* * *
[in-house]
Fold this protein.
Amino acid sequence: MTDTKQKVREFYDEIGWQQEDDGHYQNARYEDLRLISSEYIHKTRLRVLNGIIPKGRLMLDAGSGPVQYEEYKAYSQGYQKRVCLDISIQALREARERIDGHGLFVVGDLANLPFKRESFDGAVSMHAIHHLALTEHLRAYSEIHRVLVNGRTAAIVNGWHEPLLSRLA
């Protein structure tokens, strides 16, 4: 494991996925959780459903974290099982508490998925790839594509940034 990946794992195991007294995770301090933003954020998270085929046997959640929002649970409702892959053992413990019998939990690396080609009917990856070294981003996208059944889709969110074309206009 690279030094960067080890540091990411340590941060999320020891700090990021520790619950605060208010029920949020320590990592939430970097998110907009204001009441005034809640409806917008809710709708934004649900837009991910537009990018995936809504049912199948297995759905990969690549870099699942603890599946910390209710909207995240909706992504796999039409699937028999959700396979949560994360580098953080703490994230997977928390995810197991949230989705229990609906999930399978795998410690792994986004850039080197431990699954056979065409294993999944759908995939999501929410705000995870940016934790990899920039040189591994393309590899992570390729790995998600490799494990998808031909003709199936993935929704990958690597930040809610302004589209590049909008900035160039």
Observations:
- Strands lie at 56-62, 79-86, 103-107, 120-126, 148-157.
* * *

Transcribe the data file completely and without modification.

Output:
[in-house]
Fold this protein.
Amino acid sequence: MTDTKQKVREFYDEIGWQQEDDGHYQNARYEDLRLISSEYIHKTRLRVLNGIIPKGRLMLDAGSGPVQYEEYKAYSQGYQKRVCLDISIQALREARERIDGHGLFVVGDLANLPFKRESFDGAVSMHAIHHLALTEHLRAYSEIHRVLVNGRTAAIVNGWHEPLLSRLA
């Protein structure tokens, strides 16, 4: 494991996925959780459903974290099982508490998925790839594509940034 990946794992195991007294995770301090933003954020998270085929046997959640929002649970409702892959053992413990019998939990690396080609009917990856070294981003996208059944889709969110074309206009 690279030094960067080890540091990411340590941060999320020891700090990021520790619950605060208010029920949020320590990592939430970097998110907009204001009441005034809640409806917008809710709708934004649900837009991910537009990018995936809504049912199948297995759905990969690549870099699942603890599946910390209710909207995240909706992504796999039409699937028999959700396979949560994360580098953080703490994230997977928390995810197991949230989705229990609906999930399978795998410690792994986004850039080197431990699954056979065409294993999944759908995939999501929410705000995870940016934790990899920039040189591994393309590899992570390729790995998600490799494990998808031909003709199936993935929704990958690597930040809610302004589209590049909008900035160039």
Observations:
- Strands lie at 56-62, 79-86, 103-107, 120-126, 148-157.